Issue 170 - January, 2014 (2nd Edition) - Page 7
Fake Picasa 'New Photos' Emails Point to Dodgy Pharmacy Website
Emails purporting to be from image management system Picasa claims that new photos have been added to the user's album and they can click a button to view the album.
The messages are not from Picasa. They are spam designed to trick people into visiting a dodgy online pharmaceutical website and buying its dubious products. All links in the emails lead to the spam website.
According to these emails, which claim to be from image management system Picasa, new photos have been added to the recipient's Picasa album. The message includes a "View Album" button as well as secondary links.
However, the emails are not from Picasa. In fact, they are disguised spam messages designed to drive people to a notorious "Canadian Pharmacy" website that attempts to peddle a variety of medications without need of a prescription.
Because the spam messages do not mention the pharmaceutical products they aim to promote, they more effectively bypass spam filters. And the messages are also more likely to trick users into clicking since they are not obviously spam at first glance.
And, the spammers bank on the fact that at least a few recipients will actually linger on the site and buy products. Since this is a tactic that has been used repeatedly, it clearly works.
It is very foolish - and potentially dangerous - to buy medicines from one of these bogus pharmacy sites. Firstly, even if you do actually receive a product that you order, you have no way of knowing if it is the real thing or some potentially dangerous substitute. Secondly, because a doctor has not properly prescribed the medicine, it may interfere with other medications that you are taking or be unsuitable for you due to existing health conditions. Thirdly, these sites often use unsecure pages to process credit card transactions, which could certainly put your credit card details at risk. Fourthly, any group unscrupulous enough to use such deliberately deceptive spam tactics is not one you should trust with your credit card details or other personal information.
Such email spam campaigns are very common and have targeted a number of high profile online entities, including Facebook, Twitter and LinkedIn.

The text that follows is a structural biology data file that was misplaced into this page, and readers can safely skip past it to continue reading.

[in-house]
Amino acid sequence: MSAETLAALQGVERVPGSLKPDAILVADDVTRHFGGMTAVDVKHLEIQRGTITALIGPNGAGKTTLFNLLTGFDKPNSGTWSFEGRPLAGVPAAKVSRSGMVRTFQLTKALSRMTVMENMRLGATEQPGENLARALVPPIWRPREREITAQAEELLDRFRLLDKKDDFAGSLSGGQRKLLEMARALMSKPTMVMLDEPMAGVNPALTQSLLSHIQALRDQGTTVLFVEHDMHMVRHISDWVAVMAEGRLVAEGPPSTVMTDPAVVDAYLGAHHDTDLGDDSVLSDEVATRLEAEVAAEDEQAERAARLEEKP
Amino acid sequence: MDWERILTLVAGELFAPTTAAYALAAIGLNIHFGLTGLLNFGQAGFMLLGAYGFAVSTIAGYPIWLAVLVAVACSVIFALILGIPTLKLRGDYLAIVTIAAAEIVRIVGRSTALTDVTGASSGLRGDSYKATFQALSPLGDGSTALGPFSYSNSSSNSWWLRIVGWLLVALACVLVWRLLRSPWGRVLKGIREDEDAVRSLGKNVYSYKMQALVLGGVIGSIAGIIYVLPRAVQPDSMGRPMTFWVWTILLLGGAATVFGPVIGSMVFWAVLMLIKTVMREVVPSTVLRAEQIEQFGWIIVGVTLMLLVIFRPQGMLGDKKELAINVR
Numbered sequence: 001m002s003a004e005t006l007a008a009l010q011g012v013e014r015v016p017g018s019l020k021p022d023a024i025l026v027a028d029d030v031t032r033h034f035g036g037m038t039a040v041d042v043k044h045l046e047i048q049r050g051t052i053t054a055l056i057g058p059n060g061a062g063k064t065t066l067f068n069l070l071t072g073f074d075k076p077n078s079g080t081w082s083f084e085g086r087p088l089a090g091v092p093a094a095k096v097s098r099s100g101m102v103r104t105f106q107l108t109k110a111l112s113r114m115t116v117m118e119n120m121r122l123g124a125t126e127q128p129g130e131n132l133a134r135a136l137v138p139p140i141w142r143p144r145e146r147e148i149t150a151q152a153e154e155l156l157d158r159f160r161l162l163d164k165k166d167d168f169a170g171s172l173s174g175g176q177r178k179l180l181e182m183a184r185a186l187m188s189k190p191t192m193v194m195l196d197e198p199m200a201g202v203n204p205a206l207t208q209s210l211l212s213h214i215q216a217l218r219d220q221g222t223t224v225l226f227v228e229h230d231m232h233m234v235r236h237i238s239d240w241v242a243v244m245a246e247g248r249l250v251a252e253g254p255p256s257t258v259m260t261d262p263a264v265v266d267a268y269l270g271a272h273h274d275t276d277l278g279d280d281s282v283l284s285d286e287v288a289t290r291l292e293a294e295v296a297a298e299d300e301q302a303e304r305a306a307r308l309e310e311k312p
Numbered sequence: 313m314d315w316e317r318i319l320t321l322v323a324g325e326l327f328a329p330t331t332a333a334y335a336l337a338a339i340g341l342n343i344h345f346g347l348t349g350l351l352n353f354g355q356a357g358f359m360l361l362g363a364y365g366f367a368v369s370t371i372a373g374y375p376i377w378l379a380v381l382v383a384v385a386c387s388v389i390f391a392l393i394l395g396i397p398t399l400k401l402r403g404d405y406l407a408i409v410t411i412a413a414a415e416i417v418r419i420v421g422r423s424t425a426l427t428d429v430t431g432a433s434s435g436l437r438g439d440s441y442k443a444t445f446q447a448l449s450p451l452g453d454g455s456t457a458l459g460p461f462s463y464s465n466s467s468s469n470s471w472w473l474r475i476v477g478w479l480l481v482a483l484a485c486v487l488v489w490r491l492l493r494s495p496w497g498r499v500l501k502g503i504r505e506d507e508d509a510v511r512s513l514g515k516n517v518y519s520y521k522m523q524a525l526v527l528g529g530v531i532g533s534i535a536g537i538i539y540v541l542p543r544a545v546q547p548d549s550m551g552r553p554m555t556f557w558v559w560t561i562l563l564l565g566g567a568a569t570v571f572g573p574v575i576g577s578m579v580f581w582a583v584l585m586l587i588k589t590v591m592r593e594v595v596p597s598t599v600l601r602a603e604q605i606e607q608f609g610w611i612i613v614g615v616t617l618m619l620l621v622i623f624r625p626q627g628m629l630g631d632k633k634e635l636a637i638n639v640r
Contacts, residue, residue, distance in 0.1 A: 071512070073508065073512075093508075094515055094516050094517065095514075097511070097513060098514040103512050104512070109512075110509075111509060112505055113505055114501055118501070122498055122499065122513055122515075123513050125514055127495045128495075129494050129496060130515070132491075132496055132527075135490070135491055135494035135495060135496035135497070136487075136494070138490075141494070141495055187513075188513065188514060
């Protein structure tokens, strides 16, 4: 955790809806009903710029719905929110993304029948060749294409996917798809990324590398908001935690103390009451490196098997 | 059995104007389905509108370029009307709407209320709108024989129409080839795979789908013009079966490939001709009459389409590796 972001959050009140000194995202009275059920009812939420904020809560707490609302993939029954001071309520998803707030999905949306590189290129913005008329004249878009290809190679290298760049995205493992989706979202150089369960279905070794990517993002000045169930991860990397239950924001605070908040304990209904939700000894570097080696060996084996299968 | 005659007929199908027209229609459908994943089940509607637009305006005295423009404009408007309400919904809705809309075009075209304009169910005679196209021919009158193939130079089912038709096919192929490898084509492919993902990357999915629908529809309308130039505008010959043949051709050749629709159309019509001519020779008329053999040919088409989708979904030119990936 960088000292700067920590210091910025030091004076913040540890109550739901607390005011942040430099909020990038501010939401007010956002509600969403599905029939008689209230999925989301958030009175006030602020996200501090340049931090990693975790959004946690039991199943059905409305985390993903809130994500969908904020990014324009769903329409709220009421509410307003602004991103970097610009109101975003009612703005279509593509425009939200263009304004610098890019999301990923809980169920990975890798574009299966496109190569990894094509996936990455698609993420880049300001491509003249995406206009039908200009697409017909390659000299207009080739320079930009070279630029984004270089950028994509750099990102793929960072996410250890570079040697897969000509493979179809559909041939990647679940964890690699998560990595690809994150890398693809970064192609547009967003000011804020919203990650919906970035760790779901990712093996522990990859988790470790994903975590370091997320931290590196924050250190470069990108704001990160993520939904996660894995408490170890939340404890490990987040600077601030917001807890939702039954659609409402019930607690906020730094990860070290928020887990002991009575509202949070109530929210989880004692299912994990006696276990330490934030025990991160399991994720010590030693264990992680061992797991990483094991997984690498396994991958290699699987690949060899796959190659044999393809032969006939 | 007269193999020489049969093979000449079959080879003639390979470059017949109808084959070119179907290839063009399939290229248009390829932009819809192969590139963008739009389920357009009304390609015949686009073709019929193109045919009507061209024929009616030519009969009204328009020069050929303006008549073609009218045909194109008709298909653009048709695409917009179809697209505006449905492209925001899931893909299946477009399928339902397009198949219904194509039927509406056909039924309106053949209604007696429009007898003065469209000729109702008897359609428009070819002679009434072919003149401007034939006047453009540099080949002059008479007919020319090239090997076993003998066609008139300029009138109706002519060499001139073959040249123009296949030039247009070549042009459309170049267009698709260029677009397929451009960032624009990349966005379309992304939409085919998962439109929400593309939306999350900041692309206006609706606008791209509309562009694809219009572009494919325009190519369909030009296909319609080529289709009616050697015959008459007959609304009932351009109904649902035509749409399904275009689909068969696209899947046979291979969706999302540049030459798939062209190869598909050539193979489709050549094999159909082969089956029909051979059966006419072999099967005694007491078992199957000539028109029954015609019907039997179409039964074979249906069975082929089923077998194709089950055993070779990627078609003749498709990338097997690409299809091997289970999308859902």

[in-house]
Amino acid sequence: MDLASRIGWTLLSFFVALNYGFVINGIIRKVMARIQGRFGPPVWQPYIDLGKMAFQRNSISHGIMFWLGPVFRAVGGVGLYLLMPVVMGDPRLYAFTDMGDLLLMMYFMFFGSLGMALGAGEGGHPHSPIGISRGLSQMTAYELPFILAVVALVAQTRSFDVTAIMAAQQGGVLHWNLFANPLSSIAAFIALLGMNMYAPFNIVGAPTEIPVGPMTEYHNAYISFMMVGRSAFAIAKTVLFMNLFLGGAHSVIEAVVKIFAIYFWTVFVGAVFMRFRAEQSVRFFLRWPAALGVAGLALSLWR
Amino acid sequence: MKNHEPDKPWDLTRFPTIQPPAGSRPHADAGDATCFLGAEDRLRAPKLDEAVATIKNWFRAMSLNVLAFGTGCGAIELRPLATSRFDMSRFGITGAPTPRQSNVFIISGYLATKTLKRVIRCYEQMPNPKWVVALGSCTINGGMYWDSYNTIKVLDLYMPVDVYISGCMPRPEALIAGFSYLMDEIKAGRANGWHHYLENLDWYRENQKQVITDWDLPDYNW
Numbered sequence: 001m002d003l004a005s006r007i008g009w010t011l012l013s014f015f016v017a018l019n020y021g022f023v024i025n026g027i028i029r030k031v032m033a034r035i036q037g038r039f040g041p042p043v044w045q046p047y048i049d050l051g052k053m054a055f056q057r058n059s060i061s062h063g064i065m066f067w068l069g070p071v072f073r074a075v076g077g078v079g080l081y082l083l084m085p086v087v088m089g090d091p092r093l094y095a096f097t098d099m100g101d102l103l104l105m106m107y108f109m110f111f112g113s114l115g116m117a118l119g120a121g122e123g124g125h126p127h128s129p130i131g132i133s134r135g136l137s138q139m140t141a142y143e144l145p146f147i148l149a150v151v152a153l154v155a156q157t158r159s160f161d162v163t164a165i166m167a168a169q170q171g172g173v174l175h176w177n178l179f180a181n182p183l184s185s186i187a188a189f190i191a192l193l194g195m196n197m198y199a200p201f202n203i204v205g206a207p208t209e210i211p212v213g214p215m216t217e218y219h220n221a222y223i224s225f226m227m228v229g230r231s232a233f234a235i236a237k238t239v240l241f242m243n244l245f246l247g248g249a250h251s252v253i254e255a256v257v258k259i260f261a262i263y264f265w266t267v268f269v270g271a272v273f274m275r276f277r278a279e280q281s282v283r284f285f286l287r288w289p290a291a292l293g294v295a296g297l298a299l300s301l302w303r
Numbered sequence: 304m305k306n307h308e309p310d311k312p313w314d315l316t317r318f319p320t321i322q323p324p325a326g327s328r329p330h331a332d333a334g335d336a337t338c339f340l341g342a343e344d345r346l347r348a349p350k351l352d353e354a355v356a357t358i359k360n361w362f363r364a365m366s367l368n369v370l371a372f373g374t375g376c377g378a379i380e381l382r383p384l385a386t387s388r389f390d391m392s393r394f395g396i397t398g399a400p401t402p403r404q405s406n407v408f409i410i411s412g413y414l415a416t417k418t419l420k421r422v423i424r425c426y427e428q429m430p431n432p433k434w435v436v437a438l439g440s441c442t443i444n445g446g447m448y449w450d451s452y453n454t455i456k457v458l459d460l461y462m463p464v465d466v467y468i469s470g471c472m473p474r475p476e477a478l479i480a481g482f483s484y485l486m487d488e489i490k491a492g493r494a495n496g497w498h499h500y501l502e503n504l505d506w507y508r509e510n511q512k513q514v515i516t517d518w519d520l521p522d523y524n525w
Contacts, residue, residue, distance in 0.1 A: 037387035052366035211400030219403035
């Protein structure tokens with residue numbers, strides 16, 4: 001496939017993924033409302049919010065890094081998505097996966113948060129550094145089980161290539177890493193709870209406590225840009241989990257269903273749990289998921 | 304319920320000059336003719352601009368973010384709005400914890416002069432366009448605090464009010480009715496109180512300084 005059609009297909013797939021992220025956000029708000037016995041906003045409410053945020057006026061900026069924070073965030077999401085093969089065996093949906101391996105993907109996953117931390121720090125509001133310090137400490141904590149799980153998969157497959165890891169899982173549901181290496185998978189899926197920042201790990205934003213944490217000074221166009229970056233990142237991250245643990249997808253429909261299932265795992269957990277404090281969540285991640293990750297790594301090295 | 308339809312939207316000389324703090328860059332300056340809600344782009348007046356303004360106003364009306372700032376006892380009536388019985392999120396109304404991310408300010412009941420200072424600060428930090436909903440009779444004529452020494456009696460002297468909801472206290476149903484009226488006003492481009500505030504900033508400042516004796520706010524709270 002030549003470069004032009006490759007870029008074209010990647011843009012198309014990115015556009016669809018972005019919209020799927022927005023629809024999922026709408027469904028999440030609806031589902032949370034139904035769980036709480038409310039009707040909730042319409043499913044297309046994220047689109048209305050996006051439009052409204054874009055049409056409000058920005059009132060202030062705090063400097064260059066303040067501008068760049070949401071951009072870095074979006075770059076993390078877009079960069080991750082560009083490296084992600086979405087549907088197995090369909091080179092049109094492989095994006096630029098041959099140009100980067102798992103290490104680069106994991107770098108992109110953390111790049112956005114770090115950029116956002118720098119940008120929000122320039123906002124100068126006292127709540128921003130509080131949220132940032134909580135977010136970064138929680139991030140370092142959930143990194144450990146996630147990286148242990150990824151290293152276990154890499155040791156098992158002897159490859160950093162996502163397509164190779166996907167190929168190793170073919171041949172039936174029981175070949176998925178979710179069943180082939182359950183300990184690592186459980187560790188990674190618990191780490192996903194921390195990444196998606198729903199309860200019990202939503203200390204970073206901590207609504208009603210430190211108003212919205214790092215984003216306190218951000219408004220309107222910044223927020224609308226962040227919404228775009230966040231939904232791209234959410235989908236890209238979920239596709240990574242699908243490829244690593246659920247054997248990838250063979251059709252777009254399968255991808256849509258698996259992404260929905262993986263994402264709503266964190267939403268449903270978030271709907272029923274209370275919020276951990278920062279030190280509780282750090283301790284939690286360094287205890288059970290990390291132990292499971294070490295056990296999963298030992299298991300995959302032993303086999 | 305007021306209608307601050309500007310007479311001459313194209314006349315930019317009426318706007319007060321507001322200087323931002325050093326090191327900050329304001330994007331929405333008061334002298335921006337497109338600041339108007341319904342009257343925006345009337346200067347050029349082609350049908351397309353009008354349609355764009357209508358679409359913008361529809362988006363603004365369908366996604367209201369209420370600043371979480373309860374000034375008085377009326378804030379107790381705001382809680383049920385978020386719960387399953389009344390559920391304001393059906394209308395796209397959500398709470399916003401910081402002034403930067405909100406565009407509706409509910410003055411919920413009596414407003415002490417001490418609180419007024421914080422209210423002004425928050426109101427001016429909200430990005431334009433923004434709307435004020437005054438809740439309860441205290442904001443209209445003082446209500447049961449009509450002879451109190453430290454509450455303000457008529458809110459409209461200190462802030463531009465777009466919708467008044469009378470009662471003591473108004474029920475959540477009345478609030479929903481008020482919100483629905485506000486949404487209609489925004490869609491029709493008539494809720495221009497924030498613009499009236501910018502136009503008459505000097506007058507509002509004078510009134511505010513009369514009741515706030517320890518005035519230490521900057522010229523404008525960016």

Last updated: January 11, 2014
First published: January 11, 2014
By Brett M. Christensen
Pages in this issue:
- 'Paul Walker Still Alive After Accident' Phishing and Survey Scam
- 'Profile Visitors for Facebook' Rogue App and Survey Scam
- PG & E Energy Statement Malware Emails
- Fake Picture: 'Thailand Snake Girl' - Serpentosis Malianorcis
- Tom Crist Lottery Win Advance Fee Scam
- Legoland Child Abduction Attempt Hoax
- Fake Picasa 'New Photos' Emails Point to Dodgy Pharmacy Website
- 'Win a Disney Cruise' Survey Scam
- Bogus Advice - Block Hackers by Adding 'Security' to Facebook Blocking Function
- Fake - Giant Squid Image
- Commonwealth Bank 'eStatement Ready' Phishing Scam
- 'Singer Rihanna Found to be Dead' Facebook Survey Scam
- Satire - Pope Francis and the 'Third Vatican Council'
- Snow Canyon Roadway Image
- Albert (Tapper) Torney and the Can Car Sculptures That He Did NOT Make
- 'Your Atmos Energy Bill is Available' Malware Email
- 'Beware Hack Scam Rollercoaster Clip' Facebook Warning Message
- Sainsbury's 'Customer Satisfaction Survey' Phishing Scame
- Satire - '18 Million Birds Dead New Year's Eve'
- Hoax - 'Marijuana Overdoses Kill 37 in Colorado'
- Hoax Report Claims Paul Walker Faked His Own Death
- 'Shark Eats Swimming Man' Facebook Survey Scam
- 'Notice to Appear in Court' Malware Emails
- 'Most Fatal Car Accident' Survey Scam
- Hoax - Extraordinary Planetary Alignment To Decrease Gravity on January 4
- 'World's Largest Snake Video' Survey Scam
- Michael Jackson Died Years Ago Hoax
- 'My Home is Burning' Facebook Phishing and Malware Scam
- Facebook 'Closed for Maintenance' Prank